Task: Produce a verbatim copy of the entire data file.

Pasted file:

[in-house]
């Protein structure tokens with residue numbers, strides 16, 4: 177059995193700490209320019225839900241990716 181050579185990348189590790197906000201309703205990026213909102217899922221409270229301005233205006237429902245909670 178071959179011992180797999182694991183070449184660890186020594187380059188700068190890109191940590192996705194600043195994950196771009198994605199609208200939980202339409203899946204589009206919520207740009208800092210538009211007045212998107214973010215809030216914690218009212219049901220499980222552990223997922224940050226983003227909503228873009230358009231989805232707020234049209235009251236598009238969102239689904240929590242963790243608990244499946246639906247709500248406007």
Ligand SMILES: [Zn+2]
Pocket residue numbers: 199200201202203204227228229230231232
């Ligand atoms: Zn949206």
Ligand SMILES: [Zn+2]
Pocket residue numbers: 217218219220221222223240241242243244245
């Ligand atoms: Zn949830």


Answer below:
[in-house]
């Protein structure tokens with residue numbers, strides 16, 4: 177059995193700490209320019225839900241990716 181050579185990348189590790197906000201309703205990026213909102217899922221409270229301005233205006237429902245909670 178071959179011992180797999182694991183070449184660890186020594187380059188700068190890109191940590192996705194600043195994950196771009198994605199609208200939980202339409203899946204589009206919520207740009208800092210538009211007045212998107214973010215809030216914690218009212219049901220499980222552990223997922224940050226983003227909503228873009230358009231989805232707020234049209235009251236598009238969102239689904240929590242963790243608990244499946246639906247709500248406007």
Ligand SMILES: [Zn+2]
Pocket residue numbers: 199200201202203204227228229230231232
């Ligand atoms: Zn949206």
Ligand SMILES: [Zn+2]
Pocket residue numbers: 217218219220221222223240241242243244245
């Ligand atoms: Zn949830």